Ulisses

This short film tells the story of the life of the oldest male whale in captivity, Ulisses.

In the 80s he arrived at Barcelona Zoo. His trainer Albert taught him to perform for the crowds. Later he was transferred to Sea World in San Diego, USA, where he remains to this day.

There is a melancholic ambivalence in the tone of the entire film. All credit to the composer of the score for walking that fine balance. It manages to capture the sense of wonder and joy of the crowds seeing Ulisses back in the 80s. The children, in their innocence, feeling a genuine sense of awe at the astonishing creature, and inspiring gratitude and curiosity about the ocean’s treasures. That positivity sits alongside the reflections of an adult’s eyes, seeing the tragedy that this wild animal was robbed of its freedom. It was wrong. It still is wrong.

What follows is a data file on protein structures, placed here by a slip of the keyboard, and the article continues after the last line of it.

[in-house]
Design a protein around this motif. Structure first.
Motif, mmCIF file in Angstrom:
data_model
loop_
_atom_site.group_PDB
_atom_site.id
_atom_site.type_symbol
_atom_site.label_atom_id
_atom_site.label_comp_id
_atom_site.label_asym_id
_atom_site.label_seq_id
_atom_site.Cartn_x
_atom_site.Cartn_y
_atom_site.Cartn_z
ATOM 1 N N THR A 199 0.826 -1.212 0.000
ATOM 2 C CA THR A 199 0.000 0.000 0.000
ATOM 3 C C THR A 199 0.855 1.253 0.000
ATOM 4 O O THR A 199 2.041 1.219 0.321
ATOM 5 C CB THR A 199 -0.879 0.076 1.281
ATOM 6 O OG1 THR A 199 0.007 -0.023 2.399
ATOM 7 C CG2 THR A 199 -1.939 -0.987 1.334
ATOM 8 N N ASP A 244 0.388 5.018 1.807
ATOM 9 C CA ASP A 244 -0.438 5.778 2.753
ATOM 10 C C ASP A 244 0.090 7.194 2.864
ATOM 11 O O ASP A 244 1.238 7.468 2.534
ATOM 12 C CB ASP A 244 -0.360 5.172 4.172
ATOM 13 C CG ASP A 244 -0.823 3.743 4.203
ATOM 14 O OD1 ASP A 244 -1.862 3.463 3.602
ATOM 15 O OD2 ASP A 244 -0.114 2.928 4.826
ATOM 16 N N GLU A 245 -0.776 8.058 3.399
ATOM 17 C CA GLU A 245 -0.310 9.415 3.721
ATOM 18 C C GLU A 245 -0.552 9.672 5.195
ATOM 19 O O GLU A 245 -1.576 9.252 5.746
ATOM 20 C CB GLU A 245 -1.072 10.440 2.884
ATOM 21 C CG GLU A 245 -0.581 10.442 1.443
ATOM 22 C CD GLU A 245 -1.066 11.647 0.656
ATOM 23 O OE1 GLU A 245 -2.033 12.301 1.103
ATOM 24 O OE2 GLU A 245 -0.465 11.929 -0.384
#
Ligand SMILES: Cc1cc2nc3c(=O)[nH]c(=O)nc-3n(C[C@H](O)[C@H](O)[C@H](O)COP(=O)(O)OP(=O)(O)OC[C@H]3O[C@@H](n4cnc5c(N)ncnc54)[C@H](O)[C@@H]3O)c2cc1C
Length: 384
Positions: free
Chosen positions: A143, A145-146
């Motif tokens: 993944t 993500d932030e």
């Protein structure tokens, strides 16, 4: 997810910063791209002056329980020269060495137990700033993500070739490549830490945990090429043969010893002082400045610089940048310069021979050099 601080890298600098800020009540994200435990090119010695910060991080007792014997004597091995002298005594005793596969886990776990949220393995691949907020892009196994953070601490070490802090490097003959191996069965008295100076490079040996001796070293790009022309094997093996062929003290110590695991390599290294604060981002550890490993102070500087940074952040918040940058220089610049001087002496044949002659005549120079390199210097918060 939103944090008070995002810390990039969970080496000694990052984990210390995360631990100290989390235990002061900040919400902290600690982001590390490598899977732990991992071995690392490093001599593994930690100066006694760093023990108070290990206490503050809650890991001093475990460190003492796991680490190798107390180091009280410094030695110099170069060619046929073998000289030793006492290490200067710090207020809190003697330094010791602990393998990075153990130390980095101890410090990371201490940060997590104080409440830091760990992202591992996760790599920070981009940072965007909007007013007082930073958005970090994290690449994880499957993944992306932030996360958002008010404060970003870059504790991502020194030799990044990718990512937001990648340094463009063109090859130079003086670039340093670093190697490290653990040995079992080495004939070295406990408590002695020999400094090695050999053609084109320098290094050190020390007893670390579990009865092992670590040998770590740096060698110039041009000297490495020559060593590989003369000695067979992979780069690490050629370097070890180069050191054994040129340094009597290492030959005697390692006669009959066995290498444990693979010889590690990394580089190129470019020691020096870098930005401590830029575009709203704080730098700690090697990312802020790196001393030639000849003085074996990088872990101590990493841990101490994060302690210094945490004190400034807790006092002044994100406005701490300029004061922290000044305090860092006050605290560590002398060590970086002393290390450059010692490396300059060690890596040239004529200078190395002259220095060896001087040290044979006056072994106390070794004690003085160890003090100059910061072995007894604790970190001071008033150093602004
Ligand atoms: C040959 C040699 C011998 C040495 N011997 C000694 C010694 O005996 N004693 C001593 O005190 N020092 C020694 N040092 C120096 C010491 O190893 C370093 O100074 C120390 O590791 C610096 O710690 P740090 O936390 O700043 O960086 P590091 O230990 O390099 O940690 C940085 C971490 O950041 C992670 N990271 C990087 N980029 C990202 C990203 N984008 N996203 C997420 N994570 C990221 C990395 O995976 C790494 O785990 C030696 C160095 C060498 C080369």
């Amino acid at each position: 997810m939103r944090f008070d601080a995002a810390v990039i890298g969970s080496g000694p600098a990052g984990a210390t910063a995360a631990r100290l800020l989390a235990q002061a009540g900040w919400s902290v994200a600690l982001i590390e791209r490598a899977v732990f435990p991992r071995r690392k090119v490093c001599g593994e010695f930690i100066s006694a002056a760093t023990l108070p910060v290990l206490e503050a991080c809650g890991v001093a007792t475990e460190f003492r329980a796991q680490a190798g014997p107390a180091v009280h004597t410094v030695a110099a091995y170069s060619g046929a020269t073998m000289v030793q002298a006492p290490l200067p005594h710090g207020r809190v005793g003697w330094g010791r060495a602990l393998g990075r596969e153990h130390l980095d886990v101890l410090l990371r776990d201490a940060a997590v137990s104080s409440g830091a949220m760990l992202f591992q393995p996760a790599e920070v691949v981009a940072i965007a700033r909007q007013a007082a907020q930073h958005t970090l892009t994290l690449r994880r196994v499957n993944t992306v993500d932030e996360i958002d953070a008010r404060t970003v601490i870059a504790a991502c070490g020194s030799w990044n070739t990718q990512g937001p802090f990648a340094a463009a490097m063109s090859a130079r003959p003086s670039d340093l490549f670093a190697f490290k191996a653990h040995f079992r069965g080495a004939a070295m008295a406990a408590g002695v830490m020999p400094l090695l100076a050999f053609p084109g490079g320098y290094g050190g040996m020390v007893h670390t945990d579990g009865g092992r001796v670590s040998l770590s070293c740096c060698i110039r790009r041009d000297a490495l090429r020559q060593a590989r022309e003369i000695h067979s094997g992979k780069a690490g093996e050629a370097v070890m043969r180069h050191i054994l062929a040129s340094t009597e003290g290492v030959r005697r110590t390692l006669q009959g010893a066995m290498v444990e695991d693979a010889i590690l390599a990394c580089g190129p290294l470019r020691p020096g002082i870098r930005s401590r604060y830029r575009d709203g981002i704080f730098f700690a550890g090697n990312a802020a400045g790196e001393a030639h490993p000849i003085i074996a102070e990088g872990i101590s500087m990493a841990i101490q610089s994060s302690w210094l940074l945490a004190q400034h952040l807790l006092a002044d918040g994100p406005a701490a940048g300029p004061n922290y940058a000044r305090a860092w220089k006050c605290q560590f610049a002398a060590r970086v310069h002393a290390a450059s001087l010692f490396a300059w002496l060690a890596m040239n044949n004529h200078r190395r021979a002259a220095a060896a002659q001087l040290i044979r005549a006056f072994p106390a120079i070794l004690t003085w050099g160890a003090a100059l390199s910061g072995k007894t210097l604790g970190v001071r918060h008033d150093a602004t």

As the years pass by, you see the close relationship between Ulisses and his trainer. Albert has such a level of trust with the animal, he is able to hold fish in his mouth and let Ulisses surface to eat it right from his lips. When Ulisses is flown to America, Albert is there with him all the way, and he stays with him until he has settled in to his new accommodation. Despite the exploitative circumstances of their meeting, Albert’s love for Ulisses is real.

And yet, as the decades dance by, and the children who watched Ulisses grow up, and Albert grows older, and we change, our lives all change, there is Ulisses. Still in his tank, still performing tricks. Let him go. Hasn’t he given us enough? How long do we intend to perpetuate this injustice?

An empathetic and non-judgemental, unspoken plea for the freedom of captive whales.